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  • Seeding date and yield — graphs

    Seeding date

    Alberta data showing relationship between seeding date and canola yield in the Black Soil Zone. Source site: http://www1.agric.gov.ab.ca/$department/deptdocs.nsf/all/crop5758

    Seeding early May versus late May or early June, providing that crop conditions allow for it, is a relatively low cost way to increase yield and profit from the crop.

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  • Reseeding: The May option

    Seeding date

    Yield potential for canola seeded in late May is not as high, generally, as canola seeded in early May, but it is still pretty good and better than for canola seeded in June. Given the current date, the argument in favour of reseeding a crop clearly thinned out and set back by frost or any other issue may have more merit.

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  • Dry soil: Seed now or wait?

    Seeding date

    If the choice is to seed canola now into dry soil or wait until after it rains, seeding into dry soil is a workable option.

    Drill is ready to go.

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  • Spring frost risk and seeding date

    Seeding date

    Average last day for a 0°C frost in Saskatchewan. CLICK TO ENLARGE

    Seeding date decisions are often driven more by historical frost risk than present conditions. That is why many growers will not seed canola before May 1, even if their area had what seemed like favourable seeding conditions in April. Historical frost risk can be interpreted differently based on the crop’s frost tolerance and the grower’s appetite for risk.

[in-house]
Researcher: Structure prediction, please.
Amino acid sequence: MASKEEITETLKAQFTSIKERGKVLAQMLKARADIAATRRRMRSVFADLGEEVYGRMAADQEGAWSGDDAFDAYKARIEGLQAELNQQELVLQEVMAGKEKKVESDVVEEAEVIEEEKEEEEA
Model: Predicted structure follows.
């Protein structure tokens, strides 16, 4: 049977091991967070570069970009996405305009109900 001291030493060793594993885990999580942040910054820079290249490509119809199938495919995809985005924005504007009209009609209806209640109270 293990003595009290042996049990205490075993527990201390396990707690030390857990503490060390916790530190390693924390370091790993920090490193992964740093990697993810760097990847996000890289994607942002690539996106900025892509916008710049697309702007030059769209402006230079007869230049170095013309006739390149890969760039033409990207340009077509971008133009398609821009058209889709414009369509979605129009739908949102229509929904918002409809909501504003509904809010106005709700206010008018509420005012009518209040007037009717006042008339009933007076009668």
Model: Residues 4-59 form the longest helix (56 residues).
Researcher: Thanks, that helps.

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  • PODCAST: Spring frost risk and seeding date

    Seeding date

    Ralph Wright, who leads the agro-meteorology division with Alberta Agriculture and Forestry, joins Canola Council of Canada agronomy specialist Autumn Barnes and host Jay Whetter in a discussion about frost risk and canola seeding dates. While the discussion focuses on Southern Alberta, growers and agronomists in all regions will learn from the discussion about frost […]

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  • Pros and cons of early seeding

    Seeding date

    If you have perfect seeding conditions in late April, should you seed canola? Early seeding usually improves canola yield potential and quality, but these benefits depend on survival of a sufficient plant population — ideally 7 to 10 plants per square foot, and a minimum of 4 to 5. An early-seeded crop that is thin […]

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  • How early is too early to seed?

    Seeding date

    This graph from Alberta Agriculture and Food shows that in dry years (1999-2001), canola seeded in late April in the brown soil zone outyielded canola seeded in May.

    Southern Alberta and southwest Saskatchewan may have soil temperatures adequate for canola establishment and just enough moisture for emergence, but should they seed now?